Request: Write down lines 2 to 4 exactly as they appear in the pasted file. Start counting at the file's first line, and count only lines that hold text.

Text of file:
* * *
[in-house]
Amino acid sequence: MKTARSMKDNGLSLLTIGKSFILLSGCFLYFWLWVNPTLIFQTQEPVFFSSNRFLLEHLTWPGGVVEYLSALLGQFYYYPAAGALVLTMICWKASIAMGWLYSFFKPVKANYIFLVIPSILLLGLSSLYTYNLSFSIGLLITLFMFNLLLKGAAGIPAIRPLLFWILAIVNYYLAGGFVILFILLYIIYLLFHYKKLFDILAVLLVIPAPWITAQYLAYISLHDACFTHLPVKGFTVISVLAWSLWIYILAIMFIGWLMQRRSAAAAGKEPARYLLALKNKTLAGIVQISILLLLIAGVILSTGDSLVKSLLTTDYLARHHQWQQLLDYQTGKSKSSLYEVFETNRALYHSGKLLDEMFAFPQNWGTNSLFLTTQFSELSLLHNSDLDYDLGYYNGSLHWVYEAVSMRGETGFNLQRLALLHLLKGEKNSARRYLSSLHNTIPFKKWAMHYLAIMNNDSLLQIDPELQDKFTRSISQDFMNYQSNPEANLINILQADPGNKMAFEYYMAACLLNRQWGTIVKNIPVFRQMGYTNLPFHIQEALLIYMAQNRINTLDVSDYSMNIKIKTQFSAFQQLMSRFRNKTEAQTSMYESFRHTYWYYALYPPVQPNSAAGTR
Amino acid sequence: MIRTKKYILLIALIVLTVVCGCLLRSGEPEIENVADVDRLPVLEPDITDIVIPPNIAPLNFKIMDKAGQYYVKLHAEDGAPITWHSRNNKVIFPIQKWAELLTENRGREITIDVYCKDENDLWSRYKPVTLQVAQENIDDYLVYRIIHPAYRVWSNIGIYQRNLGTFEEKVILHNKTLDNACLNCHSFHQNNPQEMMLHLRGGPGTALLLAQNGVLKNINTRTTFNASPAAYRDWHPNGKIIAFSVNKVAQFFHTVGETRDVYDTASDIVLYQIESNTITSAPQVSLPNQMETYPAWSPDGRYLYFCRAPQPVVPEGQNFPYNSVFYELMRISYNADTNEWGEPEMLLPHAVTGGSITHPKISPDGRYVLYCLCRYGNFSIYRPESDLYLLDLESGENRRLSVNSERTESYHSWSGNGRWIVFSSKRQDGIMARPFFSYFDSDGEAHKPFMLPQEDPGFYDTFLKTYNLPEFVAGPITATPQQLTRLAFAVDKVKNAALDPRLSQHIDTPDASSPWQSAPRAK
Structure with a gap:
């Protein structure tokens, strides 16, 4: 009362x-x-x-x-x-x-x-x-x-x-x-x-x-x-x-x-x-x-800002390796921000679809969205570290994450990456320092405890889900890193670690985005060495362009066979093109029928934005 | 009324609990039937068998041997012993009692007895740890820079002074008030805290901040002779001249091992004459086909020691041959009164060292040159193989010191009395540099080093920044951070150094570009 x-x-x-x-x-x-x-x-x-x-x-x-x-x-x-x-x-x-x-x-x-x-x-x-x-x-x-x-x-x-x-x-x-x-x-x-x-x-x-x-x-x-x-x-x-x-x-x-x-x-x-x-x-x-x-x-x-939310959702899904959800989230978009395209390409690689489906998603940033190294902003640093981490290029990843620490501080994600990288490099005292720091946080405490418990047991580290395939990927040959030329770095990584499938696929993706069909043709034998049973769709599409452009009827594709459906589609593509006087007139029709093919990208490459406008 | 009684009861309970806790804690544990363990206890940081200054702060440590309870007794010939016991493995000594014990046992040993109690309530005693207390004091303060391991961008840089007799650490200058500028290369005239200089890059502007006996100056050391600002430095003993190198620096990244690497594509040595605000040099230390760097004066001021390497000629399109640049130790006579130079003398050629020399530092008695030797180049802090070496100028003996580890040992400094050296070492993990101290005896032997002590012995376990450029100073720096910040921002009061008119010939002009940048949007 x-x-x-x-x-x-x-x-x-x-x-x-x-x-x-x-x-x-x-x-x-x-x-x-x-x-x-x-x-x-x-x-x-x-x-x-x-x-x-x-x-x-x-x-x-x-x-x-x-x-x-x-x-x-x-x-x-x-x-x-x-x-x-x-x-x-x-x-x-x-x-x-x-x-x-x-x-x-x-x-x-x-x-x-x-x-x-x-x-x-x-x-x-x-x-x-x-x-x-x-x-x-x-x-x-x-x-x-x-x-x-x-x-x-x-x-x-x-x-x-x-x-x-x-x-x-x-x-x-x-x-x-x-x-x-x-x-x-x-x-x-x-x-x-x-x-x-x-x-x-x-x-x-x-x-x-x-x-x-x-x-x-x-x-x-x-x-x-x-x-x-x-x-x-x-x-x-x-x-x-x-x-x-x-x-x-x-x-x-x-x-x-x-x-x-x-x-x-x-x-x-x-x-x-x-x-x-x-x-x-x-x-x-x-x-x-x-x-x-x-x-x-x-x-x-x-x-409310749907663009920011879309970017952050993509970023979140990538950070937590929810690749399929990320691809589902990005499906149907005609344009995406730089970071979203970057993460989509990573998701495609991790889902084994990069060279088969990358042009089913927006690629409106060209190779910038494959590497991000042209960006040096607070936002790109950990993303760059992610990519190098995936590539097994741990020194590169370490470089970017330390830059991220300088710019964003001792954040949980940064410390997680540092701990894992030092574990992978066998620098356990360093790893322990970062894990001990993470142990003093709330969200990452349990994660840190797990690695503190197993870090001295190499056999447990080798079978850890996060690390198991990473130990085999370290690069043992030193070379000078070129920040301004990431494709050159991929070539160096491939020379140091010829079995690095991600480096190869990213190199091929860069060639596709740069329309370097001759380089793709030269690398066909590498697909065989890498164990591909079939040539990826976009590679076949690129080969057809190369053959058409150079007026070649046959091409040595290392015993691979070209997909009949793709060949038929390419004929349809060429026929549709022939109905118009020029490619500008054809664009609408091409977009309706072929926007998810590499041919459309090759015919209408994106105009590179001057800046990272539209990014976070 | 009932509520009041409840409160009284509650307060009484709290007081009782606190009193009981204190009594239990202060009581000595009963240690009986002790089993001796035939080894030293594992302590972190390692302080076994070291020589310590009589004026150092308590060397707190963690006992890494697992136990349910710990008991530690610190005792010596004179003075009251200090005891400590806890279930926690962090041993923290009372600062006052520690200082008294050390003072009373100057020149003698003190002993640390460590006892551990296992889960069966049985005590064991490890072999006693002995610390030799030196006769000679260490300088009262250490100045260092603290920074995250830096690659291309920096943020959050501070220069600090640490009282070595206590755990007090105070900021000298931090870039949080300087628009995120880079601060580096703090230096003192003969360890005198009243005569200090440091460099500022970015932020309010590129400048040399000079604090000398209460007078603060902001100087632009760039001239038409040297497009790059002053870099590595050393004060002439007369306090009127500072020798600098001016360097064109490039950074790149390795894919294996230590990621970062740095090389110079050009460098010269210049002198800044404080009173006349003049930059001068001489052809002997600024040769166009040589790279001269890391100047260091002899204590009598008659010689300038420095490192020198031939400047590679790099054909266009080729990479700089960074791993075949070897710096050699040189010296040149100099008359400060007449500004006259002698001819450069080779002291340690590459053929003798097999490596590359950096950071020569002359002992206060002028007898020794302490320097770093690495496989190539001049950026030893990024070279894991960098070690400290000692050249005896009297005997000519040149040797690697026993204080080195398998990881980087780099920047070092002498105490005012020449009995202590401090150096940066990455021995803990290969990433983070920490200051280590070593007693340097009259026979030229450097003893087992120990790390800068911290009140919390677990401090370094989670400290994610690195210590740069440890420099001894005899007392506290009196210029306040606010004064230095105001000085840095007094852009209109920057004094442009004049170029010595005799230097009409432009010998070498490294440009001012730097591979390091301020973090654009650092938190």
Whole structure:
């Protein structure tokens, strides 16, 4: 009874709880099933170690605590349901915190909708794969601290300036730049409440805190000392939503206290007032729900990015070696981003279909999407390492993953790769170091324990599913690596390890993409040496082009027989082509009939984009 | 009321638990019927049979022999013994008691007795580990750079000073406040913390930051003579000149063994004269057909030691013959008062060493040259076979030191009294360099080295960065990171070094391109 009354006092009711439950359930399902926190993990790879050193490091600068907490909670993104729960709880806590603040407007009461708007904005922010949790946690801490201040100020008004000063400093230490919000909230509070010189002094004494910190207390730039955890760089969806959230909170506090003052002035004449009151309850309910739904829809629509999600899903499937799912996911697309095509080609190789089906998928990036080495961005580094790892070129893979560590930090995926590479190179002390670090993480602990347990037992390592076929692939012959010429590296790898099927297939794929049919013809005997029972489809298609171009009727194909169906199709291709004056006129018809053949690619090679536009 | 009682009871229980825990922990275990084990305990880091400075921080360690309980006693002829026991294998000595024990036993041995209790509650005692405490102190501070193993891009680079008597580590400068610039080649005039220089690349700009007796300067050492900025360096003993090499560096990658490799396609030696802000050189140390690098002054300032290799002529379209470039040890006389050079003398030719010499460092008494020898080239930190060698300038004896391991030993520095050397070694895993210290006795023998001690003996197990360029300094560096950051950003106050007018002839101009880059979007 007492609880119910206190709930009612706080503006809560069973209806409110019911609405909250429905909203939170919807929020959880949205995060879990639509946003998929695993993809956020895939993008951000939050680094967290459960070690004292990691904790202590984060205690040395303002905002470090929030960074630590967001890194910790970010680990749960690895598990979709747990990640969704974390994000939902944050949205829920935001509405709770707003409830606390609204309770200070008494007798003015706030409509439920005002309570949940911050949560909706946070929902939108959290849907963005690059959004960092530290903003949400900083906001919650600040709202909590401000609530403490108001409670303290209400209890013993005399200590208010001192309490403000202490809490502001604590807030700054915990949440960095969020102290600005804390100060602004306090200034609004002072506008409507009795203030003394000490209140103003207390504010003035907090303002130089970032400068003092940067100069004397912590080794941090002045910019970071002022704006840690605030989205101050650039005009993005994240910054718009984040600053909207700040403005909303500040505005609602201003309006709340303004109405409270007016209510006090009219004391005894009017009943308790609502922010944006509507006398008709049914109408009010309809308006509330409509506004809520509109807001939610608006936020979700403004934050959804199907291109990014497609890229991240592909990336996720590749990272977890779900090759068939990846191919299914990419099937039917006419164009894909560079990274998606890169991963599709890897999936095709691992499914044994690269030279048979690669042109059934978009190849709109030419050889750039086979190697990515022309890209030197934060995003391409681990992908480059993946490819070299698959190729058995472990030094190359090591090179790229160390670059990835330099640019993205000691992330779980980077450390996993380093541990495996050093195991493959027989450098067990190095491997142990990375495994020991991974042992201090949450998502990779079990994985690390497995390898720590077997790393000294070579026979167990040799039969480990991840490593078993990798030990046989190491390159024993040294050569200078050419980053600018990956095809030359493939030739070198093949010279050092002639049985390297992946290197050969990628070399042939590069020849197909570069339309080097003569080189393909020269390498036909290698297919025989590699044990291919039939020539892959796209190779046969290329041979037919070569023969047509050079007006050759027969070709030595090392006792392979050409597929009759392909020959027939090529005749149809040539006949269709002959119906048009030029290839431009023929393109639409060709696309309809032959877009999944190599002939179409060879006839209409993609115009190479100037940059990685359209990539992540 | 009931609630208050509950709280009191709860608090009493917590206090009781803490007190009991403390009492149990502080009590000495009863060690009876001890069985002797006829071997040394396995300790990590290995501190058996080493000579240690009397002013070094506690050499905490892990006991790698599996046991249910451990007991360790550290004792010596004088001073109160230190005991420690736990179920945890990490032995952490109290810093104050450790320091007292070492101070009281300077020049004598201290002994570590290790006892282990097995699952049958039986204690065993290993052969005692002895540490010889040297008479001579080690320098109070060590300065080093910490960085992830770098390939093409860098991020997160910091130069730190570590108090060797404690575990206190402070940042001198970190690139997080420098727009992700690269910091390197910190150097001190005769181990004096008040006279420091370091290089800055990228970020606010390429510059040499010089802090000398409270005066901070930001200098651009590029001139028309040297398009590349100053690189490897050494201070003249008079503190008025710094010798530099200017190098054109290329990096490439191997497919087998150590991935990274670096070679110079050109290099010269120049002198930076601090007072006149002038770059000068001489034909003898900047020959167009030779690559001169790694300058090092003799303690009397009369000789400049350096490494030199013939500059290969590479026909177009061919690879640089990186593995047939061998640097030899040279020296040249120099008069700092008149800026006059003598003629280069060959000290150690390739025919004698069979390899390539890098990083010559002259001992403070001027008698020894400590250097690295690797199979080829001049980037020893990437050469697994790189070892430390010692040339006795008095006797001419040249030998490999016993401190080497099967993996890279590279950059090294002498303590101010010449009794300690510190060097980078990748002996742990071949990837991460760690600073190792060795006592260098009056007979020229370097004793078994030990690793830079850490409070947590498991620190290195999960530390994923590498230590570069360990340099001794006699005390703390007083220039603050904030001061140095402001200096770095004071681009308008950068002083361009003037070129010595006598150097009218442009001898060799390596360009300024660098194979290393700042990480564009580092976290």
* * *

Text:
Amino acid sequence: MKTARSMKDNGLSLLTIGKSFILLSGCFLYFWLWVNPTLIFQTQEPVFFSSNRFLLEHLTWPGGVVEYLSALLGQFYYYPAAGALVLTMICWKASIAMGWLYSFFKPVKANYIFLVIPSILLLGLSSLYTYNLSFSIGLLITLFMFNLLLKGAAGIPAIRPLLFWILAIVNYYLAGGFVILFILLYIIYLLFHYKKLFDILAVLLVIPAPWITAQYLAYISLHDACFTHLPVKGFTVISVLAWSLWIYILAIMFIGWLMQRRSAAAAGKEPARYLLALKNKTLAGIVQISILLLLIAGVILSTGDSLVKSLLTTDYLARHHQWQQLLDYQTGKSKSSLYEVFETNRALYHSGKLLDEMFAFPQNWGTNSLFLTTQFSELSLLHNSDLDYDLGYYNGSLHWVYEAVSMRGETGFNLQRLALLHLLKGEKNSARRYLSSLHNTIPFKKWAMHYLAIMNNDSLLQIDPELQDKFTRSISQDFMNYQSNPEANLINILQADPGNKMAFEYYMAACLLNRQWGTIVKNIPVFRQMGYTNLPFHIQEALLIYMAQNRINTLDVSDYSMNIKIKTQFSAFQQLMSRFRNKTEAQTSMYESFRHTYWYYALYPPVQPNSAAGTR
Amino acid sequence: MIRTKKYILLIALIVLTVVCGCLLRSGEPEIENVADVDRLPVLEPDITDIVIPPNIAPLNFKIMDKAGQYYVKLHAEDGAPITWHSRNNKVIFPIQKWAELLTENRGREITIDVYCKDENDLWSRYKPVTLQVAQENIDDYLVYRIIHPAYRVWSNIGIYQRNLGTFEEKVILHNKTLDNACLNCHSFHQNNPQEMMLHLRGGPGTALLLAQNGVLKNINTRTTFNASPAAYRDWHPNGKIIAFSVNKVAQFFHTVGETRDVYDTASDIVLYQIESNTITSAPQVSLPNQMETYPAWSPDGRYLYFCRAPQPVVPEGQNFPYNSVFYELMRISYNADTNEWGEPEMLLPHAVTGGSITHPKISPDGRYVLYCLCRYGNFSIYRPESDLYLLDLESGENRRLSVNSERTESYHSWSGNGRWIVFSSKRQDGIMARPFFSYFDSDGEAHKPFMLPQEDPGFYDTFLKTYNLPEFVAGPITATPQQLTRLAFAVDKVKNAALDPRLSQHIDTPDASSPWQSAPRAK
Structure with a gap: